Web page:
The policemen were unrolling yellow crime-scene caution tape over the front door of the guest cottage. Ruthie knew one of the officers, Matt Lehman. He was talking to Rose, so she started toward them, hearing him tell Rose to call tonight's inn guests to explain that their reservation had to be canceled due to unforeseen circumstances. Then he turned to Ruthie and told her, twice, that she wasn't to talk to anyone about what she'd seen or done until she'd been questioned.

"Right," Ruthie said. "So don't say anything about the blood."

Suddenly the Stoney Ridge Times reporter was by her side again. "What blood?"

"The man's forehead was bloody."

Matt Lehman scowled at the reporter, led Ruthie to the backseat of his police car, and told her to sit there, say nothing, do nothing.

Luke Schrock watched Matt lead Ruthie to the car. "Don't say anything without a lawyer present, Ruthie! You have rights!"

Matt turned to Luke with a sigh. He was well acquainted with him. "She's not being arrested."

"Oh," Luke said. He waved a hand in the air. "Well, then, carry on."

Ruthie sat in the police car, arms tightly folded against her chest. Murder. She had let an injured man into the cottage, a criminal, probably, only to have him brutally killed in his sleep.

What did I do? she thought miserably.

A little later, Matt Lehman and the other policeman walked over to the police car to question Ruthie about everything she could remember from last night. It was surprising how many details her mind had taken in and filed away without realizing it. The stranger was surprised when she pointed out there was blood dripping down his forehead. He had seemed dazed and confused. Even still, he was very polite, very appreciative.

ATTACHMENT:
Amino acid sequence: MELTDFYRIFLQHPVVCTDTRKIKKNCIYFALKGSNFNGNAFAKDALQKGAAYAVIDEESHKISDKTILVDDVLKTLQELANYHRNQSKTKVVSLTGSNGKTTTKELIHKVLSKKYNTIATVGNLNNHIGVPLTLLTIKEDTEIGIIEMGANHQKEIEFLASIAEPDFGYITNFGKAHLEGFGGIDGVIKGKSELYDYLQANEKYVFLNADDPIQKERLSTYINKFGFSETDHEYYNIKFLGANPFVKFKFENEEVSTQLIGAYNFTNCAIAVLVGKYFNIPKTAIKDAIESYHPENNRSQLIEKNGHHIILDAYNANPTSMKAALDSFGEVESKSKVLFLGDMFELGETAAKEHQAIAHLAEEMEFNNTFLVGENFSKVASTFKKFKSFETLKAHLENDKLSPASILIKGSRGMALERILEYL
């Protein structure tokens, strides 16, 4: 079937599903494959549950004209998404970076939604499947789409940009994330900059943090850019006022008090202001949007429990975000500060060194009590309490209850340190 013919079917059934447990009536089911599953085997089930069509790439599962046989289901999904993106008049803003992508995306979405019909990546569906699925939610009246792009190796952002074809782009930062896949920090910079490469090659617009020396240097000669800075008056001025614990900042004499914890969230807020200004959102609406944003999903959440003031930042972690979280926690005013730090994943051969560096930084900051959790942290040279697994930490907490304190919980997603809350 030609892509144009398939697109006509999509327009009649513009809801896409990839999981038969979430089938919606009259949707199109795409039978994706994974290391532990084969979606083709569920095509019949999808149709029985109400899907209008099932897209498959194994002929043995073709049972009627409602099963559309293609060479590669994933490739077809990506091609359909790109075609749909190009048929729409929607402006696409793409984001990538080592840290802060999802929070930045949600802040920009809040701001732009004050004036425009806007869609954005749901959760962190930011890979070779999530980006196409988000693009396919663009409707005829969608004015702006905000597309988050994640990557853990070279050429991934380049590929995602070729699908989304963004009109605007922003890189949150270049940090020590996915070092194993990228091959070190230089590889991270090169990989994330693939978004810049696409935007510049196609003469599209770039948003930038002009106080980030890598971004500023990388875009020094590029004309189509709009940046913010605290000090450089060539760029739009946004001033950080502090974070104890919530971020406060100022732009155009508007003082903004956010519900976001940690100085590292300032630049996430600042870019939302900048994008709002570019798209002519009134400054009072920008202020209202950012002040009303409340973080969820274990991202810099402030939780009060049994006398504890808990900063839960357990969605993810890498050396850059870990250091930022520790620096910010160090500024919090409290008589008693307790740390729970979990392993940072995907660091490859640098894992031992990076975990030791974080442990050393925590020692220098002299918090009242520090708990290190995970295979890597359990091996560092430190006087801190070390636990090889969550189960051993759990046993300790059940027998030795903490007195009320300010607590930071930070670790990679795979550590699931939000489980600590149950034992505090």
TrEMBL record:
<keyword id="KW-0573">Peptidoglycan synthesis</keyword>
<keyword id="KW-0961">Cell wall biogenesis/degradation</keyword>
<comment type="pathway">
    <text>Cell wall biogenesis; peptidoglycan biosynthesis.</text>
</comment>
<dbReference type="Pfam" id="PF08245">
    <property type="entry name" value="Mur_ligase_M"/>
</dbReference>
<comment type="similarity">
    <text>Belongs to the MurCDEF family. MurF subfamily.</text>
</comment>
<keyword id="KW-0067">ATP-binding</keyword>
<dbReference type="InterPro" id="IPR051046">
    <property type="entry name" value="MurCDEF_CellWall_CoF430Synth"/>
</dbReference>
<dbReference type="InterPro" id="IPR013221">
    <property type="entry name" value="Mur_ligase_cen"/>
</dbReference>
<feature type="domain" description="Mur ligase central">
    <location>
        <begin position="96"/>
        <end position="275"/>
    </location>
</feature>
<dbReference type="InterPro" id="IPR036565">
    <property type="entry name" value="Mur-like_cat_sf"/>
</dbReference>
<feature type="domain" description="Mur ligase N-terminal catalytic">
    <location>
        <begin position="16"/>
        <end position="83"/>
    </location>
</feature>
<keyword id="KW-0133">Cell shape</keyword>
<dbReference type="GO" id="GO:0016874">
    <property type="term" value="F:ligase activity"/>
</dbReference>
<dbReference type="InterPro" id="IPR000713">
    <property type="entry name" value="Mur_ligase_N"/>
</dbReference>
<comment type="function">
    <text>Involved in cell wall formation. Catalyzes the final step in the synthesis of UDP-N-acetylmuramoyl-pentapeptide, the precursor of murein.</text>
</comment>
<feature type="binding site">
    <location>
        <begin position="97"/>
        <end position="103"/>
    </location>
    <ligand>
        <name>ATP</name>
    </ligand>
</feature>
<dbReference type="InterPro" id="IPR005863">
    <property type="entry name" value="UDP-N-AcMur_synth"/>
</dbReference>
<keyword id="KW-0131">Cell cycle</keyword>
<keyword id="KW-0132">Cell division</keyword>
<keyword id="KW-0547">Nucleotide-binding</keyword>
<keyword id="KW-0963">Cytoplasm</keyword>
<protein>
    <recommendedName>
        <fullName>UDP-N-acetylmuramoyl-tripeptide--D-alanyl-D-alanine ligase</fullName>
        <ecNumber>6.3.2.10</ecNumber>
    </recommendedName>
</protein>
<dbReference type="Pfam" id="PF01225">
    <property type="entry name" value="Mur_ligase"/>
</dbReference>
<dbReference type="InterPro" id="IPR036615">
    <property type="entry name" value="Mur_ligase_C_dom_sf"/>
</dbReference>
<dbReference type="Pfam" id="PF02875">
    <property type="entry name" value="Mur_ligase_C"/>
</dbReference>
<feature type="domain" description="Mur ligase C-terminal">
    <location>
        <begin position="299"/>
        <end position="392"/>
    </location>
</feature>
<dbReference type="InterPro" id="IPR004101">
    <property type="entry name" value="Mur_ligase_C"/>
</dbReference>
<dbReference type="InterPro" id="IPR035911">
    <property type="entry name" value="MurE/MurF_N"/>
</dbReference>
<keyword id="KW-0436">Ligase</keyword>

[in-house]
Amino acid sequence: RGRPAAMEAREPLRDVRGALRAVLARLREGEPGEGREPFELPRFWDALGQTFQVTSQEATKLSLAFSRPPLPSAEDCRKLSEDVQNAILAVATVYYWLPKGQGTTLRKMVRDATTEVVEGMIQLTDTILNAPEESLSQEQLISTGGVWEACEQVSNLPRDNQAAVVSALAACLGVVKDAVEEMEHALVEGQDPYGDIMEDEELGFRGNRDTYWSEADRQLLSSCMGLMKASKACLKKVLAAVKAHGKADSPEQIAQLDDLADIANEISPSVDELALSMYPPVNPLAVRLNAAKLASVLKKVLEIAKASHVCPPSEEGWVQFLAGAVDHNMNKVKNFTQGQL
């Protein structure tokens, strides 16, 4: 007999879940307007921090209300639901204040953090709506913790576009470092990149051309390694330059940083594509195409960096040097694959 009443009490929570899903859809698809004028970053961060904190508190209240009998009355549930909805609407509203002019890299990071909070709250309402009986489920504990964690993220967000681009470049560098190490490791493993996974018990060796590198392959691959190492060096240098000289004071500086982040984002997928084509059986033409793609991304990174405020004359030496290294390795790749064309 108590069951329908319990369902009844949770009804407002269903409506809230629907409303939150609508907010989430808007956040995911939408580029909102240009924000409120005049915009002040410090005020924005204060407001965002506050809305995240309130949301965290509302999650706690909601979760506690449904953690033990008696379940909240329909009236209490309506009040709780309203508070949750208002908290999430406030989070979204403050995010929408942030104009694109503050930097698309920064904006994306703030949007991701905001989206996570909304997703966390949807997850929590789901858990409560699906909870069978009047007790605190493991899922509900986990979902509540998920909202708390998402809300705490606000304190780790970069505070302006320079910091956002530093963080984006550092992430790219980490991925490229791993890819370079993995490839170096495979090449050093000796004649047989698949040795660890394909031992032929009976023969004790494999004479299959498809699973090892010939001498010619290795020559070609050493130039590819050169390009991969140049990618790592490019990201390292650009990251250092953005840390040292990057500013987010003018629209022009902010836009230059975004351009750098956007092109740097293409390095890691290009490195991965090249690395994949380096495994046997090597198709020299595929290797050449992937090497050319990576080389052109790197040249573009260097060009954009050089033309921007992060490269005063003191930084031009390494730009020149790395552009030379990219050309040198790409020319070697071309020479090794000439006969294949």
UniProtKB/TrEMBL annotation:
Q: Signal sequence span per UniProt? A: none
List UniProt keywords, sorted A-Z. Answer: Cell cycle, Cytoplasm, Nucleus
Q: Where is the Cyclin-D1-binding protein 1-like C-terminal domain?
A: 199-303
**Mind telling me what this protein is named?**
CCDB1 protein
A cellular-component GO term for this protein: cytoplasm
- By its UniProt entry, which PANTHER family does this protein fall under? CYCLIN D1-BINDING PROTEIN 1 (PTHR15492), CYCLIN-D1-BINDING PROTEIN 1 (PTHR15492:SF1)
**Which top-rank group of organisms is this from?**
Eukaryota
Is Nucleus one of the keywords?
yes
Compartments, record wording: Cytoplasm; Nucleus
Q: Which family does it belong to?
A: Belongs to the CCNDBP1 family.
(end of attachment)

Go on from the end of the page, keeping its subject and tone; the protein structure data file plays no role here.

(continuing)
"Why didn't you ask for the man's name?" Matt said. "Why didn't you ask him for any information?"

For that, she had no answer. It was a set of circumstances that had flustered her, made her feel as if she just wanted to get the man settled in so she could go home. The main house was dark, she was alone, the man seemed like he needed to rest. Looking back, she realized how many mistakes she had made. But the stranger hadn't seemed dangerous.

"Who might have broken into the cottage to murder him?" she asked Matt, and he looked at her strangely.

"What makes you think he was killed?"

"The reporter said so. He called it a homicide."

"Aw, no," Matt said, turning to the other officer. "He's gonna get everyone twitchy."

The officer frowned. "They'll all be hearing things go thump in the night."

"But ... was the man murdered?"

The two police officers exchanged a look. "We aren't sure of anything," Matt said. "Not until we get the coroner's report."

"What about the open window?"